Help:Wiki University HTML-- Tables - Widths

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Lessons


Flexbox/CSS Grid

Additional Helps

Table width[edit | edit source]

This is our table from the last chapter:

Apples Peas Peanuts Wheat
Pears Carrots Walnuts Oats
Cherries Corn Cashews Barley
Orange Beans Alminds Buckwheat
  • You will notice that the width is being controlled by the size and amount of text in the cells.
  • What if you want the table to be as wide as the page, here we use our width attribute.
  • Let's say we want it to cover the entire width or 100% of the page.

Html7.jpg

The width of a table or cell can be set with either percentages or a fixed amount in pixels. A table can be, for example, 50% of the page width or 320 pixels.

  • We only need to add the width attribute to our opening table tag:
{| style="border:1px solid red; width:100%"

  • PLEASE NOTICE the semi-colon that separates the border attribute from the width attribute. Remember we always use semi-colons to separate attributes.

Here is our little table with the width attribute installed:

Apples Peas Peanuts Wheat
Pears Carrots Walnuts Oats
Cherries Corn Cashews Barley
Orange Beans Alminds Buckwheat

Cell and column width[edit | edit source]

  • The width of the cells is controlled by the text or the amount of text in the cells. The width attribute for the entire table does not make the cells equal in width. If one cell had a large amount of text in it, the other cells might be much smaller in width then in our example.
  • To control the width of cells or actually the columns, we need to install the width attribute in the top cells in each column. If you are wondering why not in all cells like the border attribute, it is because the top cells seem to be able to influence the cells under it.
  • Let's make our table so each of the cells is 25% of the entire width of the table in other words make all the columns the same width.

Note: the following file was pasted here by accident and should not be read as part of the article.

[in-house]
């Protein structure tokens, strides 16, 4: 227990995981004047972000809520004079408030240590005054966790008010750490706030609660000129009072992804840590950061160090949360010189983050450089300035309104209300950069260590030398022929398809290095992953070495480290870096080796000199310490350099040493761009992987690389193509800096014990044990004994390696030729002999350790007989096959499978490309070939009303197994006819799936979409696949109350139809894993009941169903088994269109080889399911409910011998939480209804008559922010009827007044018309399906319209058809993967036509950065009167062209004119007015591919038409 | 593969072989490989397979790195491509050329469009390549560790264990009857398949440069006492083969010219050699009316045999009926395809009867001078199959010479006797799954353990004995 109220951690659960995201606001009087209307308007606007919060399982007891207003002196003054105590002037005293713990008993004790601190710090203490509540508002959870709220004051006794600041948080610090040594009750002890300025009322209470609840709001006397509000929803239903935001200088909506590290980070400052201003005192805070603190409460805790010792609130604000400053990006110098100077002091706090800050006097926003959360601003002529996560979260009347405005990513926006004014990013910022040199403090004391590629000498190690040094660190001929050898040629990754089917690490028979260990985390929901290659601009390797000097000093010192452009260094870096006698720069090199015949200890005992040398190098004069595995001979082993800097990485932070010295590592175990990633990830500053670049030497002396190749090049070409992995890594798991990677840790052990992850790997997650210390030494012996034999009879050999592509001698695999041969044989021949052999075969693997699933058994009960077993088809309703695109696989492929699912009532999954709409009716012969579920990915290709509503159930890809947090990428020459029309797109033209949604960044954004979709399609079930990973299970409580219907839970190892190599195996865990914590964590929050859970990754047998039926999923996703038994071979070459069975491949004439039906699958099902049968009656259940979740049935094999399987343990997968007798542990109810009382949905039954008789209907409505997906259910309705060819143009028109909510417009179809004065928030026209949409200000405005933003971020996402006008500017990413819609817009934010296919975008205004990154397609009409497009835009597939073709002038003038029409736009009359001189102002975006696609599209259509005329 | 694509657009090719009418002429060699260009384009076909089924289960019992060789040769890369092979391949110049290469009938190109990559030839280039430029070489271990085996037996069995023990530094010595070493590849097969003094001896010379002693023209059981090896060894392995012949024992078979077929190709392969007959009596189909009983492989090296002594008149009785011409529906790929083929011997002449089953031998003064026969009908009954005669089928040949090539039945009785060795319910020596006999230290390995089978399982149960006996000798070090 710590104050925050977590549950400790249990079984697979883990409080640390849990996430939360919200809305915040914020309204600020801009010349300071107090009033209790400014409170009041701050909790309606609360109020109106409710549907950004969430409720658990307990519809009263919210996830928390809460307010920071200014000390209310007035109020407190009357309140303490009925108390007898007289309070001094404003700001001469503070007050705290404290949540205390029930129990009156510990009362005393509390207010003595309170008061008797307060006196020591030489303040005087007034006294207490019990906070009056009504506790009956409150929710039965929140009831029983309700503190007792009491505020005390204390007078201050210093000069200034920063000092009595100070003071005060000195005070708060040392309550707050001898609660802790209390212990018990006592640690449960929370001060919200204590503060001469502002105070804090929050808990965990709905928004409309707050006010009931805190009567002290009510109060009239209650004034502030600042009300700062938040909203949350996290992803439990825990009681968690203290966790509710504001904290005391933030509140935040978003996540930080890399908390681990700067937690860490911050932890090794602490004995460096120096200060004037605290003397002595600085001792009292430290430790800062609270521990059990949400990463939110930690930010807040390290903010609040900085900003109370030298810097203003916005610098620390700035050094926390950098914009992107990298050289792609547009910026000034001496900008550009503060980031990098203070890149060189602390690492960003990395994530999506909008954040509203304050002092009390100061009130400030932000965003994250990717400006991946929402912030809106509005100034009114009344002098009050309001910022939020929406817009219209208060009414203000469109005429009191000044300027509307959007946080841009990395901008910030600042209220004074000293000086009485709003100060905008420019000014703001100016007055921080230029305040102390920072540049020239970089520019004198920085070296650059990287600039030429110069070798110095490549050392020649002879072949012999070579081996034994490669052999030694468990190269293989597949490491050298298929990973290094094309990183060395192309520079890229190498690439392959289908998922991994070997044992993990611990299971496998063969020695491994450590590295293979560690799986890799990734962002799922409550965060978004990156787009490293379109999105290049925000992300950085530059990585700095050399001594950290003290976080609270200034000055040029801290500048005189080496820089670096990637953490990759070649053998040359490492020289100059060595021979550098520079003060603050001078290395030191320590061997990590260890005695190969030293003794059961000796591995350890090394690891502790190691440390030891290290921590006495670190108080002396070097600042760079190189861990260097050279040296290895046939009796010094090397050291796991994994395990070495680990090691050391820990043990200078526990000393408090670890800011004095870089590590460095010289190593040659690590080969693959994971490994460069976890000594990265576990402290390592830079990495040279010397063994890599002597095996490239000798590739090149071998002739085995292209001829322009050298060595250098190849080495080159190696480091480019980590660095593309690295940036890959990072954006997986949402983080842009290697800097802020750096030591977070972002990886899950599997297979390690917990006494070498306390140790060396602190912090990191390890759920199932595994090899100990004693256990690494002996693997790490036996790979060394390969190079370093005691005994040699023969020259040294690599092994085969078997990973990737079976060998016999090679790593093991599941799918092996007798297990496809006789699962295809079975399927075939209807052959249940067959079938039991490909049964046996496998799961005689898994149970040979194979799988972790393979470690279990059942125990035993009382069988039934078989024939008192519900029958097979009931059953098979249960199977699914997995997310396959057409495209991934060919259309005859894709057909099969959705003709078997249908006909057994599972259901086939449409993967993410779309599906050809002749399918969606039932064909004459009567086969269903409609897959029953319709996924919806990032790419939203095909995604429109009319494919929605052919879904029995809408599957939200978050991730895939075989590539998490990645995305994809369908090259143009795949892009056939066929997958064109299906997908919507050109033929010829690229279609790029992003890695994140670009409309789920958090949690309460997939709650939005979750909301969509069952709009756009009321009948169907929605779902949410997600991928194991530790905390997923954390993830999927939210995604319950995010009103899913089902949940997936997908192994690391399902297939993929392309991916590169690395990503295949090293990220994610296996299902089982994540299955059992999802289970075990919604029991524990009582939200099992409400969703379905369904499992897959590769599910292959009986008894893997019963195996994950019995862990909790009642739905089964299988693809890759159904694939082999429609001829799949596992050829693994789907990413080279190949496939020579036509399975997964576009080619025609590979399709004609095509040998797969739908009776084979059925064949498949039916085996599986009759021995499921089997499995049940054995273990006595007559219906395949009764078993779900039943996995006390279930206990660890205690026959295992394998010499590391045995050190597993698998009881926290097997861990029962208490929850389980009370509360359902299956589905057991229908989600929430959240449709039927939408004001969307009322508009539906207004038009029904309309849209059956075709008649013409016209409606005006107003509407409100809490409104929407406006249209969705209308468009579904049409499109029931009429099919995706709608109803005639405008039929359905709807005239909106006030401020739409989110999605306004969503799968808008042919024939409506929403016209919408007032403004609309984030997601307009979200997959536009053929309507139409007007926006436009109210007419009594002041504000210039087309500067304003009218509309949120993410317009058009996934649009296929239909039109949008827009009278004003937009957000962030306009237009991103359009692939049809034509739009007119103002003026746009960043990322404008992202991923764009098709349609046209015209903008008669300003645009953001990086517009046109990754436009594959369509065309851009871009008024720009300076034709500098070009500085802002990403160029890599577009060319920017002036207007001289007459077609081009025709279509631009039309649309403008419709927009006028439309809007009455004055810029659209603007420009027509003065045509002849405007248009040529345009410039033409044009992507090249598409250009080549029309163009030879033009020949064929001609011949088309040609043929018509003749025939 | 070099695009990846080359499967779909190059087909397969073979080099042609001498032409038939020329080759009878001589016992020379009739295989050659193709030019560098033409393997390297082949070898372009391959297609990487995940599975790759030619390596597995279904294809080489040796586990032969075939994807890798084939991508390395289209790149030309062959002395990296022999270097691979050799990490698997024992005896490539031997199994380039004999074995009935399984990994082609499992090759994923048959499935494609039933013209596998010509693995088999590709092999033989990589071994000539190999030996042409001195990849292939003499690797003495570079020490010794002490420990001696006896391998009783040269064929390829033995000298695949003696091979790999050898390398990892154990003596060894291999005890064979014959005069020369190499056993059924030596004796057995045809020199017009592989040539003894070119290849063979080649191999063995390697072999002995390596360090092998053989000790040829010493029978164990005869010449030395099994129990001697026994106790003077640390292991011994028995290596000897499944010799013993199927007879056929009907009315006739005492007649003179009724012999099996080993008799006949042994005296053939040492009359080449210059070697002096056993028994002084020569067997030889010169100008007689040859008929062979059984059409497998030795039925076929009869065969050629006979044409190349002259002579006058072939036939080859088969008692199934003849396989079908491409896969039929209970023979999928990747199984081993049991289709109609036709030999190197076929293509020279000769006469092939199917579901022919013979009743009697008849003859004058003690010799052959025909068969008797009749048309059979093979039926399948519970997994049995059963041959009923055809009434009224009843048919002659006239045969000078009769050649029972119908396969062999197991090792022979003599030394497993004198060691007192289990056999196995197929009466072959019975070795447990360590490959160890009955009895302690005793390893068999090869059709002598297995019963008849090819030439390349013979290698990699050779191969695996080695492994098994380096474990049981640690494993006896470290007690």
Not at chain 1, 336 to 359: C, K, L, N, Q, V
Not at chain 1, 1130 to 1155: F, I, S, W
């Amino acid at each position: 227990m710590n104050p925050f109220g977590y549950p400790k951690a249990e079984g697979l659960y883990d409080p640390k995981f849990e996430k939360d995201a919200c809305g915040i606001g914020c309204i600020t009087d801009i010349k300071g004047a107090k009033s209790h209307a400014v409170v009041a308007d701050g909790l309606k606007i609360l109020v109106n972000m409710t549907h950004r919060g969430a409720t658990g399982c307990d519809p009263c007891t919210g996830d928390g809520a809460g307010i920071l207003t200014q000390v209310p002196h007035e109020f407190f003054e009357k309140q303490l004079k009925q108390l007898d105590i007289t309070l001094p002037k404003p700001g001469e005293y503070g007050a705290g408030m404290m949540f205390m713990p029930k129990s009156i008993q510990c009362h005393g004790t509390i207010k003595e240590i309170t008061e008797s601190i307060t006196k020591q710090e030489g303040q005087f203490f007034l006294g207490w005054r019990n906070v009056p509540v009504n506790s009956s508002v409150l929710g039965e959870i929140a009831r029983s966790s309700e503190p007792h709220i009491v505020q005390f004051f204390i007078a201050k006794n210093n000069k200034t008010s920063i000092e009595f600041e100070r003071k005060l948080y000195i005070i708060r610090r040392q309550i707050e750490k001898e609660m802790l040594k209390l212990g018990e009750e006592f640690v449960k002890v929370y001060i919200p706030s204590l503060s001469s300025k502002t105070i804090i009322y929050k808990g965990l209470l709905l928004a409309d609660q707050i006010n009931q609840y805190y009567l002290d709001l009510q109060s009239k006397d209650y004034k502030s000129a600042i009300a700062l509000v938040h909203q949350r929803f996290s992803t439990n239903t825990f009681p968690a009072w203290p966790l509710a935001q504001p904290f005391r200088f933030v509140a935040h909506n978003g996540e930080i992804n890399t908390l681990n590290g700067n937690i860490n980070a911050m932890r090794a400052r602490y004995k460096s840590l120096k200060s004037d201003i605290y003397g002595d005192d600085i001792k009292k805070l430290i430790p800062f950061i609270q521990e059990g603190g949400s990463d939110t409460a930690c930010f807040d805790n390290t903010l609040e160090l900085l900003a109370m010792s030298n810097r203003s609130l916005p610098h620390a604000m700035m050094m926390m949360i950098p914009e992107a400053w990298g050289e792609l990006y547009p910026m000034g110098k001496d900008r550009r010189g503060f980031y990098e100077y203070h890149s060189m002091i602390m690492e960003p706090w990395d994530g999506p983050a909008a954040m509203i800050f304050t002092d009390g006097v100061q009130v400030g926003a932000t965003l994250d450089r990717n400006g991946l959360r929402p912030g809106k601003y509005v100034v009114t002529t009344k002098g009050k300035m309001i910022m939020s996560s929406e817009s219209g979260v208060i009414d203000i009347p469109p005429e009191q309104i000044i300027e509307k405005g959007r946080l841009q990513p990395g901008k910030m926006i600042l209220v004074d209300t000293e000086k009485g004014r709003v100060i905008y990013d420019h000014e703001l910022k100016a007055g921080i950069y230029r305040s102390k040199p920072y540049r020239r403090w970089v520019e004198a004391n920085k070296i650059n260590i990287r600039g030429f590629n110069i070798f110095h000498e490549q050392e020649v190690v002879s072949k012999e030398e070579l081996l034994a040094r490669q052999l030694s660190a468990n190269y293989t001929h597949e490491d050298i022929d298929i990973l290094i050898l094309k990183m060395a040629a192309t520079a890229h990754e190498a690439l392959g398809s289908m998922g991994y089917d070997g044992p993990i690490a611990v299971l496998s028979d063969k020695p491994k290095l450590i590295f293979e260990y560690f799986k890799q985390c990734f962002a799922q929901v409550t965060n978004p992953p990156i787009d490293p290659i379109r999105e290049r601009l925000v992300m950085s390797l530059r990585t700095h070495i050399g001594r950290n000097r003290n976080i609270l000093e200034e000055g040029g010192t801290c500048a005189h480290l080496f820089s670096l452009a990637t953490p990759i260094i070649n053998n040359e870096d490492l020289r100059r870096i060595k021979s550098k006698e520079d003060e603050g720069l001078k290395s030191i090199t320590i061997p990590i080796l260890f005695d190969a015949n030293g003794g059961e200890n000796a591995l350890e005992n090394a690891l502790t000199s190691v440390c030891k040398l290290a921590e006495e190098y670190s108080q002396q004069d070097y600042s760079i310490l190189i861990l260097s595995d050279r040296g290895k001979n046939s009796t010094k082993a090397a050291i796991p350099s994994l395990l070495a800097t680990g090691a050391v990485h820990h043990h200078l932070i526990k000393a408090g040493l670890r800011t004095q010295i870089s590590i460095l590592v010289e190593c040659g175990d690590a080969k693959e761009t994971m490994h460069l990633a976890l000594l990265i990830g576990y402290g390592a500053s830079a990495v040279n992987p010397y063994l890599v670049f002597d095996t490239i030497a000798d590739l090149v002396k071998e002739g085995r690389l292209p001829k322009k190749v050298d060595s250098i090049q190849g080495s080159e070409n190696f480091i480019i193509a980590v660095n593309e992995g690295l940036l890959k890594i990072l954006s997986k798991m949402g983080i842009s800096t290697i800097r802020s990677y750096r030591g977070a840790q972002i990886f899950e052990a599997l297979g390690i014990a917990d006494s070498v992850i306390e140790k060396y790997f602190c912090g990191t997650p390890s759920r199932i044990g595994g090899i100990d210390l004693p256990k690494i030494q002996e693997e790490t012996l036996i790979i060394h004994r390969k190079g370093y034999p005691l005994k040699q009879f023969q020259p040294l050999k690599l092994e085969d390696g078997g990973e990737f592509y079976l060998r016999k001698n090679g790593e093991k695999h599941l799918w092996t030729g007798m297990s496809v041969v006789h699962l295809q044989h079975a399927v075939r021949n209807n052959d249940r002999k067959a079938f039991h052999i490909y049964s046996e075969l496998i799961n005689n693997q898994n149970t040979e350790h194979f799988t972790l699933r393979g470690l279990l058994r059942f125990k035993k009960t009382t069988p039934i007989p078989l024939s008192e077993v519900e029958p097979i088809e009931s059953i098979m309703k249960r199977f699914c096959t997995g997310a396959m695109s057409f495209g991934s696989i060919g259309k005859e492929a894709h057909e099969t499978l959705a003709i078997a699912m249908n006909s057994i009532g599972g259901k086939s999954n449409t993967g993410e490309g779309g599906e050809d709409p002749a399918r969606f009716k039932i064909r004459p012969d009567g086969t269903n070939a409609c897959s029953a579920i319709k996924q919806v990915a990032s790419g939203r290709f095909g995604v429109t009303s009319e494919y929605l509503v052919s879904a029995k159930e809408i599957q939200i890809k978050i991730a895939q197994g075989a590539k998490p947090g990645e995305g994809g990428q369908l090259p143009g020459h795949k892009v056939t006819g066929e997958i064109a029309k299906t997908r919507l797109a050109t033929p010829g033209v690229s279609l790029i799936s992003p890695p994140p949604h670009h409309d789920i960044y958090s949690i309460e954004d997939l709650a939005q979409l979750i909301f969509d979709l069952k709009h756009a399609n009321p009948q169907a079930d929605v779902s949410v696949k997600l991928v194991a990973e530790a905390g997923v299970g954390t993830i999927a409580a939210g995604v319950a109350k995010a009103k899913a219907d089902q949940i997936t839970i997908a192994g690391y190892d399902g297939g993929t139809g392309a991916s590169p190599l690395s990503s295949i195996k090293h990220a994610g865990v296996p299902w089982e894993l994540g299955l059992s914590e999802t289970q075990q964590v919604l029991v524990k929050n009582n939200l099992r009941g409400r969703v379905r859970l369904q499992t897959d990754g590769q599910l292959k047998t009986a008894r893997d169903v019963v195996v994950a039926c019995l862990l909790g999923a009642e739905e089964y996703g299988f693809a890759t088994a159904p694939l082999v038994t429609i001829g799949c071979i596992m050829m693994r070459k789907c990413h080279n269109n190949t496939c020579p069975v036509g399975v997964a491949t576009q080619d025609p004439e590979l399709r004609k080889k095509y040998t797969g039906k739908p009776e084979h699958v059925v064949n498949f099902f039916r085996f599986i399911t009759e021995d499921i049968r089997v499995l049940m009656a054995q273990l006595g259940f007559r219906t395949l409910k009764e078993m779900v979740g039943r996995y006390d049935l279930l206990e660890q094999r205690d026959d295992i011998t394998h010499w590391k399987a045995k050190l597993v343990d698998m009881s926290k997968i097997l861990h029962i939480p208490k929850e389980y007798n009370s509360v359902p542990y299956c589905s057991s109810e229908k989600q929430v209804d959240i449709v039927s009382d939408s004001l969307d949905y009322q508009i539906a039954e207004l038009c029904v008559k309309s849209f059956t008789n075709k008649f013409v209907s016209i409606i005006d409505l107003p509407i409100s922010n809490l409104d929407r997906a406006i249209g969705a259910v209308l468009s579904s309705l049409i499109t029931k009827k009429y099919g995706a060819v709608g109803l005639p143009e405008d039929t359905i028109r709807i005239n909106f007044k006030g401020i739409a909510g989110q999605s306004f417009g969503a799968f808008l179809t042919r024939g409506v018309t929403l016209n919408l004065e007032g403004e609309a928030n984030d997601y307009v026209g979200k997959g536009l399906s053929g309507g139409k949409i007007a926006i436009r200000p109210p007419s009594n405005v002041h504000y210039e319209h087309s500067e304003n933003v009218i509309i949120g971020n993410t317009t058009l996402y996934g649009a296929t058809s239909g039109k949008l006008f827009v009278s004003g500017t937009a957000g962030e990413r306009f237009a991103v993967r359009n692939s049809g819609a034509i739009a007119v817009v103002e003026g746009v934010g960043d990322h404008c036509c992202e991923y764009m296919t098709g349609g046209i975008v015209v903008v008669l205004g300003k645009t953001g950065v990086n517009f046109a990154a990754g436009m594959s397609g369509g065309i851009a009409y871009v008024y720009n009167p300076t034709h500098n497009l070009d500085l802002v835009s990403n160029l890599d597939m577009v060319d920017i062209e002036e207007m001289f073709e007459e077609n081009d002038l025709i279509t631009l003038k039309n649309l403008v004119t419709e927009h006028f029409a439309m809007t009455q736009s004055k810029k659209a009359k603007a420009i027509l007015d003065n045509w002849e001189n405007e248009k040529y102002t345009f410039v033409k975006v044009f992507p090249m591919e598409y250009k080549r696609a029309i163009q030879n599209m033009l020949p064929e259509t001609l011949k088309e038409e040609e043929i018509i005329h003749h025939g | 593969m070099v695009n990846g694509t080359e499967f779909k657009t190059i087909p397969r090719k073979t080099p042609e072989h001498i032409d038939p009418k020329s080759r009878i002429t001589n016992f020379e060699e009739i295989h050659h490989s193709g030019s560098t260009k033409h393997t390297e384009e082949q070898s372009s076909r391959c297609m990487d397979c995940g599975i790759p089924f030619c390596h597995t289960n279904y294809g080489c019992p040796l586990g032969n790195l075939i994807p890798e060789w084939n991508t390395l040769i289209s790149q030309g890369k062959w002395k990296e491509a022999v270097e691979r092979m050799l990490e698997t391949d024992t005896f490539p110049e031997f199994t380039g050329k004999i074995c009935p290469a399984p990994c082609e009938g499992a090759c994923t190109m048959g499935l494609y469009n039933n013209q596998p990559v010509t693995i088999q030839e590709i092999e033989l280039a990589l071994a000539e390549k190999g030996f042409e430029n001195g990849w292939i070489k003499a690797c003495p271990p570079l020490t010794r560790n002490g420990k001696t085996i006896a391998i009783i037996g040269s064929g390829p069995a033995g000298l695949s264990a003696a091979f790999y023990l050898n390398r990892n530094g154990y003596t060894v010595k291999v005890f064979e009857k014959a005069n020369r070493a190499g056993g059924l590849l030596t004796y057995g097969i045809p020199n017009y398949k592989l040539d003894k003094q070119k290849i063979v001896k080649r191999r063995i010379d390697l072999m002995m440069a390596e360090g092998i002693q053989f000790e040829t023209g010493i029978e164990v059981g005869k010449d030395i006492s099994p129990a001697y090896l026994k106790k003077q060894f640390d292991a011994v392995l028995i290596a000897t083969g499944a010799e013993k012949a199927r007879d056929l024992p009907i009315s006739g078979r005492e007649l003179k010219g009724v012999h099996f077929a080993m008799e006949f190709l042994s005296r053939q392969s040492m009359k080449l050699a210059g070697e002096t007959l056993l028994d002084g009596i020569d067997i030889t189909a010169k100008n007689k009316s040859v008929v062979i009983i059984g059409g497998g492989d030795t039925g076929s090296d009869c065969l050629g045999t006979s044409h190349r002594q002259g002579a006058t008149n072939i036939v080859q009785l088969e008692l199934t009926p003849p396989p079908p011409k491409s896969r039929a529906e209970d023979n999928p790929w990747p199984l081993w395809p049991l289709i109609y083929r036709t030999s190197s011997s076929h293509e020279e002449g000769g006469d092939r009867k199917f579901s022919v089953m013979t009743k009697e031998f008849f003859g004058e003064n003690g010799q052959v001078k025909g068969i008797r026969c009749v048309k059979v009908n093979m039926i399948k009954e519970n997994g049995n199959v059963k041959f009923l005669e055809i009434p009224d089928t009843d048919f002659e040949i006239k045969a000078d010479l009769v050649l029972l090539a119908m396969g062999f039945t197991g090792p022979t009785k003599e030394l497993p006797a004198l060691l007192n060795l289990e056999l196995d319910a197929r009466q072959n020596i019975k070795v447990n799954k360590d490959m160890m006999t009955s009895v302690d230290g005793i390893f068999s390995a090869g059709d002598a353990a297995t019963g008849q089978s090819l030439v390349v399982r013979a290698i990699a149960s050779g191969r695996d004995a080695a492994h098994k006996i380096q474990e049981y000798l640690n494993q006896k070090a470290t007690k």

Apples Peas Peanuts Wheat
Pears Carrots Walnuts Oats
Cherries Corn Cashews Barley
Orange Beans Almonds Buckwheat

Here's the coding:

{| style="border:1px solid red"
|-
| style="border:1px solid red; width:25%" | Apples
| style="border:1px solid red; width:25%" | Peas
| style="border:1px solid red; width:25%" | Peanuts
| style="border:1px solid red; width:25%" | Wheat
|-
| style="border:1px solid red" | Pears
| style="border:1px solid red" | Carrots
| style="border:1px solid red" | Walnuts
| style="border:1px solid red" | Oats
|-
| style="border:1px solid red" | Cherries
| style="border:1px solid red" | Corn
| style="border:1px solid red" | Cashews
| style="border:1px solid red" | Barley
|-
| style="border:1px solid red" | Oranges
| style="border:1px solid red" | Beans
| style="border:1px solid red" | Almonds
| style="border:1px solid red" | Buckwheat
|}


  • AGAIN NOTICE we are determining the width of the columns not just the width of the top row of cells.
  • NOTICE the width attribute is separated from the border attribute by a semi-colon.

Try these out[edit | edit source]

Tests.gif
Exercises
  • With our above table place a green border, "inset" style and 25 pixels wide.
  • Make the table 90% in width.
  • Next place a 1 pixel green border around the cells in the first row.
  • Make the first column 35 percent width, the second 15%, the third 25% and let the last column determine its own width.


Quick Quiz
  • Putting the width in the first cell of a row determines the width of the first column in the table
A. True
B. False
  • The width of a table will be determined by the material in the cells, if you do not set the widths
A. True
B. False
  • You can set the width of a table in percentages only
A. True
B. False